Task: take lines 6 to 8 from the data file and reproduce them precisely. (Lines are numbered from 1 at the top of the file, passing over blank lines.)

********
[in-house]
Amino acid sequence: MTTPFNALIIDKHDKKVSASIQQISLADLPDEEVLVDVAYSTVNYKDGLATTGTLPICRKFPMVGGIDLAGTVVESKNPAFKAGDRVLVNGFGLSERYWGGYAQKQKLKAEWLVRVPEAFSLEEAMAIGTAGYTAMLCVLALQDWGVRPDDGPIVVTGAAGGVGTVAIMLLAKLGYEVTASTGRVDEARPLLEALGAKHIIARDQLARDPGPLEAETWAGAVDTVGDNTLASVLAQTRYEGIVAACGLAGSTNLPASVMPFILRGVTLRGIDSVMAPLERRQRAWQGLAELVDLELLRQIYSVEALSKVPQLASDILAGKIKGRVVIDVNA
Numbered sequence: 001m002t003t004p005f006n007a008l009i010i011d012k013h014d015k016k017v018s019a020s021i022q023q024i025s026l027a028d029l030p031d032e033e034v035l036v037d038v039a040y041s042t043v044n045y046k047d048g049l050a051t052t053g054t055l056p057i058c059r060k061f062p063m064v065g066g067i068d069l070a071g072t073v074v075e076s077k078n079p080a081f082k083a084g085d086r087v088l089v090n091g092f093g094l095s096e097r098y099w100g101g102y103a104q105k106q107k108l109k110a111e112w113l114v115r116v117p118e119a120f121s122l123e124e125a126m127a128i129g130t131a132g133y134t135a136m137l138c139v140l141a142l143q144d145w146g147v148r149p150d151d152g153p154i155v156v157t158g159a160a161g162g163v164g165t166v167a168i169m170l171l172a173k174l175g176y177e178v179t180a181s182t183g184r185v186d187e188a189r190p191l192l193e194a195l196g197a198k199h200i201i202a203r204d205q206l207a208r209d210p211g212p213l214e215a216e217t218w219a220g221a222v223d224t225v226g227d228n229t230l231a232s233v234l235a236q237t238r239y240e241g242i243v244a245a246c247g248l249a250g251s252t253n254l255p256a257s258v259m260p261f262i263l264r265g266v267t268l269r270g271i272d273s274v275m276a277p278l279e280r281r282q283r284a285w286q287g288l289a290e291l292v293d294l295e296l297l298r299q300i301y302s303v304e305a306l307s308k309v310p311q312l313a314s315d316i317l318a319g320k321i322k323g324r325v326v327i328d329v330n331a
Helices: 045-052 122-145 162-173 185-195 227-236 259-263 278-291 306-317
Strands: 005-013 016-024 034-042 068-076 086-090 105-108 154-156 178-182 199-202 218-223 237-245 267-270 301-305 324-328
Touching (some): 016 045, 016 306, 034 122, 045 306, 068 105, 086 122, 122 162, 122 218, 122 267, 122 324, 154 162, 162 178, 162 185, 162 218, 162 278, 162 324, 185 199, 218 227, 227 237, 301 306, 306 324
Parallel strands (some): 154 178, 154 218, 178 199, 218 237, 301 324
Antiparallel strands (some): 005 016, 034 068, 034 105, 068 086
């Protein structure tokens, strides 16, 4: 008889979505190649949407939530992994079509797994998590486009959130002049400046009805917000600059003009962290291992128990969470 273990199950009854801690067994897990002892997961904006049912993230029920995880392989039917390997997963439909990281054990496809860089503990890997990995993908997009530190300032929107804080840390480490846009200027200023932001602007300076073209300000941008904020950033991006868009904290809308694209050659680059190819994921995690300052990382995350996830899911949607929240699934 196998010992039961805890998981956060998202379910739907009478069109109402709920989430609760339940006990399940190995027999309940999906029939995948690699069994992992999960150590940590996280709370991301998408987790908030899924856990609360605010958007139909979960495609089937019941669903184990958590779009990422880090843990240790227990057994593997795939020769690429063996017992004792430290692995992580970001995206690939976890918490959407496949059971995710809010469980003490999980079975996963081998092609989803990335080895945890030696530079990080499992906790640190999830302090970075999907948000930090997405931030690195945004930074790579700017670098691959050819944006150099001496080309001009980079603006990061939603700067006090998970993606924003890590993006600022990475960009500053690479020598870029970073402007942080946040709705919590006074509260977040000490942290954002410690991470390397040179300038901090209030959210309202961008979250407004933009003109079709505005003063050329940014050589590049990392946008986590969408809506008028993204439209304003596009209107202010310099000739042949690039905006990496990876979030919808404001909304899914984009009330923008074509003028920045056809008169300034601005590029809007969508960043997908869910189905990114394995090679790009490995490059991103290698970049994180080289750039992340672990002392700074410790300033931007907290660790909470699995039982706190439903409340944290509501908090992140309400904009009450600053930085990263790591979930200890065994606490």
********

Touching (some): 016 045, 016 306, 034 122, 045 306, 068 105, 086 122, 122 162, 122 218, 122 267, 122 324, 154 162, 162 178, 162 185, 162 218, 162 278, 162 324, 185 199, 218 227, 227 237, 301 306, 306 324
Parallel strands (some): 154 178, 154 218, 178 199, 218 237, 301 324
Antiparallel strands (some): 005 016, 034 068, 034 105, 068 086